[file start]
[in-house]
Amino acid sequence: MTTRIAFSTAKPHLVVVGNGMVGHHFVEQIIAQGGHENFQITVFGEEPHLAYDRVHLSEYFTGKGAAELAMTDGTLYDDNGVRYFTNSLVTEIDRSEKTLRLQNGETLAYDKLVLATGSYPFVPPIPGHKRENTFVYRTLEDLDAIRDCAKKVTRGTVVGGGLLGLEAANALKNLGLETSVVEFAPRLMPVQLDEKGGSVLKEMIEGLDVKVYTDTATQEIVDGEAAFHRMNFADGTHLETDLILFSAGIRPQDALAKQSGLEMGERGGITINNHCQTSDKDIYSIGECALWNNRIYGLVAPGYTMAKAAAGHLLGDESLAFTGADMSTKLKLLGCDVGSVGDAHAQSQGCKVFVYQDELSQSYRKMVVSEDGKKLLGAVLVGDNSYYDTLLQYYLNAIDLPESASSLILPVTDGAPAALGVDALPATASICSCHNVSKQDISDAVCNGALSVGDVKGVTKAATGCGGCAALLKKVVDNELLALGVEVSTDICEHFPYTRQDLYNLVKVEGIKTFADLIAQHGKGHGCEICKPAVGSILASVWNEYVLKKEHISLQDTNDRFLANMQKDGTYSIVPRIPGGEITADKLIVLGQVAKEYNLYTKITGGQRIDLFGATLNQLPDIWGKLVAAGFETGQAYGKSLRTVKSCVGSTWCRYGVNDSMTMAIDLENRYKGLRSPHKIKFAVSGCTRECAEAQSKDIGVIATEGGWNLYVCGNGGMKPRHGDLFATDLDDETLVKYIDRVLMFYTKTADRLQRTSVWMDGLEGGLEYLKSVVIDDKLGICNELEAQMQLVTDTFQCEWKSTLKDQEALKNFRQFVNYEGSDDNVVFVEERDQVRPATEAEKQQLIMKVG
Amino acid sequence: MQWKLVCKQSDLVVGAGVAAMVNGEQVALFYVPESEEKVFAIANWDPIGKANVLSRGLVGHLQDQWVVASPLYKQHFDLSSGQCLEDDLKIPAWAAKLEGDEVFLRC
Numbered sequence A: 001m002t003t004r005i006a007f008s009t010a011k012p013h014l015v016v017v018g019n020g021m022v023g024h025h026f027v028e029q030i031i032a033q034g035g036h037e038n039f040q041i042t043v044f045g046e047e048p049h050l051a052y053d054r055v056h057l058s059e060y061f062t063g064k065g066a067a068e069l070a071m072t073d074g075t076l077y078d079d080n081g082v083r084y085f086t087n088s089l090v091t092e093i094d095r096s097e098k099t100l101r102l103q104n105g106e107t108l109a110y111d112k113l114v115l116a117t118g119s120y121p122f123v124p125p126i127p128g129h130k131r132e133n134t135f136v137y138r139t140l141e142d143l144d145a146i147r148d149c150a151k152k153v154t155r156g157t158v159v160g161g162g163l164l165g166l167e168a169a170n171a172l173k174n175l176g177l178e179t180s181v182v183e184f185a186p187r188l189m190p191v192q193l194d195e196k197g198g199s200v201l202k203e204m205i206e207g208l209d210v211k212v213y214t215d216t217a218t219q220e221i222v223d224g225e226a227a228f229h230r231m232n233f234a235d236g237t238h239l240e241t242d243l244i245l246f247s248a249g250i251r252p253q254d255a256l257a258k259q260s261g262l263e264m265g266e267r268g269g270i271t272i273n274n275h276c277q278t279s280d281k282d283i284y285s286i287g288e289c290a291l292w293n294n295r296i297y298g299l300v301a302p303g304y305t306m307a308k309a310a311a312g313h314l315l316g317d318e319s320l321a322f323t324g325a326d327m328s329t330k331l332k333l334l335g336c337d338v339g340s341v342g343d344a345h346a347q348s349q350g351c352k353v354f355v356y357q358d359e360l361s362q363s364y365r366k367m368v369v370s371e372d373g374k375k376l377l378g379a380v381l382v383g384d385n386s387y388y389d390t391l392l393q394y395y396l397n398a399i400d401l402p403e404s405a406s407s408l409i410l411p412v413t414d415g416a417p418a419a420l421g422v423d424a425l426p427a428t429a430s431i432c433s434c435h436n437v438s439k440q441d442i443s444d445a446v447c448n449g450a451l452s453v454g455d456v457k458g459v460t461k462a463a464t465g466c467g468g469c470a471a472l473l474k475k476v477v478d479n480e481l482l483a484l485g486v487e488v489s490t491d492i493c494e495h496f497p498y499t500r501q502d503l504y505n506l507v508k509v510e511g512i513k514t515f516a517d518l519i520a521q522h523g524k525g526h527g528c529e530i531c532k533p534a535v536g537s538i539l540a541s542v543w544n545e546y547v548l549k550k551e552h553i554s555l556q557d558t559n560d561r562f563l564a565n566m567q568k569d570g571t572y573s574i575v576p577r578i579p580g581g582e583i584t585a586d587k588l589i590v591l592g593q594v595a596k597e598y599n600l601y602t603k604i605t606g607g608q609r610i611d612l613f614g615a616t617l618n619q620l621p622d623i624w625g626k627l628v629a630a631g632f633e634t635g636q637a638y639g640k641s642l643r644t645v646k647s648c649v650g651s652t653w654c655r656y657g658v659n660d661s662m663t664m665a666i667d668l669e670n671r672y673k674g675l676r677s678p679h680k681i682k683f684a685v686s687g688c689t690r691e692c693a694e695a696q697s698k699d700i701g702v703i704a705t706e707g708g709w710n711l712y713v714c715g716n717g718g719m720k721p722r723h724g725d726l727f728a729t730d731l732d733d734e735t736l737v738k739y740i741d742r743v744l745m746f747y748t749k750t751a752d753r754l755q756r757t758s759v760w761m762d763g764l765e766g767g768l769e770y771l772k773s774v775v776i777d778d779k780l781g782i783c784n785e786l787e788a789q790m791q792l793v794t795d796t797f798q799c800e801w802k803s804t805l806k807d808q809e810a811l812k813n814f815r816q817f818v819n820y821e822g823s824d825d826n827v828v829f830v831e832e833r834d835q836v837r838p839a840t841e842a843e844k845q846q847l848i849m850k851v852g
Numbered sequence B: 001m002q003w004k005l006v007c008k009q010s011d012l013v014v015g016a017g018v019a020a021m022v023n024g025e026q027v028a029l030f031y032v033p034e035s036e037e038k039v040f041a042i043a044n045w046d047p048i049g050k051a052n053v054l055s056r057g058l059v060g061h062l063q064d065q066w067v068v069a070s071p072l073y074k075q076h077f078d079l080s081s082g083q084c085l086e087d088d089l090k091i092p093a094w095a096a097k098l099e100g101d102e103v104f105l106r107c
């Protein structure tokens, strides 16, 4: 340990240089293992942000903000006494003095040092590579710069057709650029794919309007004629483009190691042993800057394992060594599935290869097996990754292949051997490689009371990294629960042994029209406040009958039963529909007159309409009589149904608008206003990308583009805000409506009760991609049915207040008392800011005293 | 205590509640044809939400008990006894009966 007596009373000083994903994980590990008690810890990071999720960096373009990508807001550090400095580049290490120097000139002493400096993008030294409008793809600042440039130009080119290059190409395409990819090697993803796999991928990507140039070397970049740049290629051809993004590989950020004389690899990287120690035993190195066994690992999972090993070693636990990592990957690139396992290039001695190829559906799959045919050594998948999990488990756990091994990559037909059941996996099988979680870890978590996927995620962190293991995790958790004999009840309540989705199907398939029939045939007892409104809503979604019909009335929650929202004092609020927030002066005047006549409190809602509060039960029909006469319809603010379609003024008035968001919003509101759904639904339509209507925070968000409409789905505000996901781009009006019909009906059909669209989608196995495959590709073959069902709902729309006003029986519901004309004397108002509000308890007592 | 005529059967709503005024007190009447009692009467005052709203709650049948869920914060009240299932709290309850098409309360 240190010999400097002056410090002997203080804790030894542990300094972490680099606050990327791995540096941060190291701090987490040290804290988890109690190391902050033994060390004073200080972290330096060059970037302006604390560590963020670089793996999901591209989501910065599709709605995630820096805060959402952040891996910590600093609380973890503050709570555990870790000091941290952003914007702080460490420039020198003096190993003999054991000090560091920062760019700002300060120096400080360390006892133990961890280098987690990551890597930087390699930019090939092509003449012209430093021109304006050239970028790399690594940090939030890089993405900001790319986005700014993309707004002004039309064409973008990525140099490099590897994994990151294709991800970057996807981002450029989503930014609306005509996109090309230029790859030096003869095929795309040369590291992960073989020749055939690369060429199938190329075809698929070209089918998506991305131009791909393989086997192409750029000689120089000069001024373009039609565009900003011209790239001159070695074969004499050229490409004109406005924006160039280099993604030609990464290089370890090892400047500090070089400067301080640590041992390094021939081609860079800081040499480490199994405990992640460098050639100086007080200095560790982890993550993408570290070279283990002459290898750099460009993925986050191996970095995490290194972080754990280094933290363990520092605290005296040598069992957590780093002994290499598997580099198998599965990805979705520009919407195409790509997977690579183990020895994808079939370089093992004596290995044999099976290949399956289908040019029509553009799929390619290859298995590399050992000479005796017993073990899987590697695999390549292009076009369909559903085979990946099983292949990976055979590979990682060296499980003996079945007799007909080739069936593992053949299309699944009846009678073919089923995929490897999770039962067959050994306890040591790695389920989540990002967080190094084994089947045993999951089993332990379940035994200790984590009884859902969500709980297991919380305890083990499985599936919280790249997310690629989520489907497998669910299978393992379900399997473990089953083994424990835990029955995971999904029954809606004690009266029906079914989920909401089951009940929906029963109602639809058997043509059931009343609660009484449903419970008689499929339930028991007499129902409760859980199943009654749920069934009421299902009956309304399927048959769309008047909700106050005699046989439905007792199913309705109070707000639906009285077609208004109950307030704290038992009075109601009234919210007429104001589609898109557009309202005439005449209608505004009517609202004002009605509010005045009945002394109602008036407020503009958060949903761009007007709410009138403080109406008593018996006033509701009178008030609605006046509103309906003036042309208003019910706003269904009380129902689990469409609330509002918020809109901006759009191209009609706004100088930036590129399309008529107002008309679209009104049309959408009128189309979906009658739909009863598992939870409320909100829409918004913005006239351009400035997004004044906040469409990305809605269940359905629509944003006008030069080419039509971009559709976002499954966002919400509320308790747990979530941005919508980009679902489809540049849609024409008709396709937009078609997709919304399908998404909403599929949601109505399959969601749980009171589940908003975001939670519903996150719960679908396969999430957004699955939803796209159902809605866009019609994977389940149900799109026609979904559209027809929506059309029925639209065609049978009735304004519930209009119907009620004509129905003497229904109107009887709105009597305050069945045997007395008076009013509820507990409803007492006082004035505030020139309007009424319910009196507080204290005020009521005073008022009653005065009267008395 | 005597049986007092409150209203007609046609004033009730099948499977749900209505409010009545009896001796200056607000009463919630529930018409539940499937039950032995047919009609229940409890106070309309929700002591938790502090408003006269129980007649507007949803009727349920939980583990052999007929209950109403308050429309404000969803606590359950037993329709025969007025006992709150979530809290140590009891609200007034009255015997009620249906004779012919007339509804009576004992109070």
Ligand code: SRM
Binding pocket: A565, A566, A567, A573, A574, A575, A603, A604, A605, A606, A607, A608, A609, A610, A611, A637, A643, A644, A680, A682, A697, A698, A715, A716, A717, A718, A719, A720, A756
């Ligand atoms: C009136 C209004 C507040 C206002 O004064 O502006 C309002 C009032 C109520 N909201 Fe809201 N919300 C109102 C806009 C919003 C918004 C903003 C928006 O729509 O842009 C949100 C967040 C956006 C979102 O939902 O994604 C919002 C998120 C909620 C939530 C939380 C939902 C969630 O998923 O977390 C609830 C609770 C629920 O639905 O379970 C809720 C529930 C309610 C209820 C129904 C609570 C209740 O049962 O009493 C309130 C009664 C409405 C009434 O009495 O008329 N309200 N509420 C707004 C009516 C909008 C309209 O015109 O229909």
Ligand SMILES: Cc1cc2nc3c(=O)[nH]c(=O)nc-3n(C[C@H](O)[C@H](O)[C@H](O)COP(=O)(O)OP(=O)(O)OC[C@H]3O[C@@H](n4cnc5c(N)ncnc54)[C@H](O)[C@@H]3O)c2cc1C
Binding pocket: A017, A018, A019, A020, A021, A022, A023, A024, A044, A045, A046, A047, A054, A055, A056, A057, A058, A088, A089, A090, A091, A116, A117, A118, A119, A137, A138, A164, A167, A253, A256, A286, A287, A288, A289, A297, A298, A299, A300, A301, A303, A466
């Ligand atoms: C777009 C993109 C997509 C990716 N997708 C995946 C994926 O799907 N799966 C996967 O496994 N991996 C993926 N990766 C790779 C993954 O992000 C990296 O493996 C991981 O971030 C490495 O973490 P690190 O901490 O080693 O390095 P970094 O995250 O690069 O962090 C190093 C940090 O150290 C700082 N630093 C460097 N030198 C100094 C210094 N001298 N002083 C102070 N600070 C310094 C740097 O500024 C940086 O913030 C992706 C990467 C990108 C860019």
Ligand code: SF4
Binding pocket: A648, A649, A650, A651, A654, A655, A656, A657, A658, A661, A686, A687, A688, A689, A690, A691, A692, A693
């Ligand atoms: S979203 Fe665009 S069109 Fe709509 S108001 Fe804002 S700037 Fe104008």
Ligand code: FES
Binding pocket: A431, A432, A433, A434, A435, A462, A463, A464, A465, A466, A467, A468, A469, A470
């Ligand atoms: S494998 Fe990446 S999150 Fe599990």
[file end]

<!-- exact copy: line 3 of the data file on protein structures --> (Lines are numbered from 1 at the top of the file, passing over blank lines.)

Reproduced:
Amino acid sequence: MQWKLVCKQSDLVVGAGVAAMVNGEQVALFYVPESEEKVFAIANWDPIGKANVLSRGLVGHLQDQWVVASPLYKQHFDLSSGQCLEDDLKIPAWAAKLEGDEVFLRC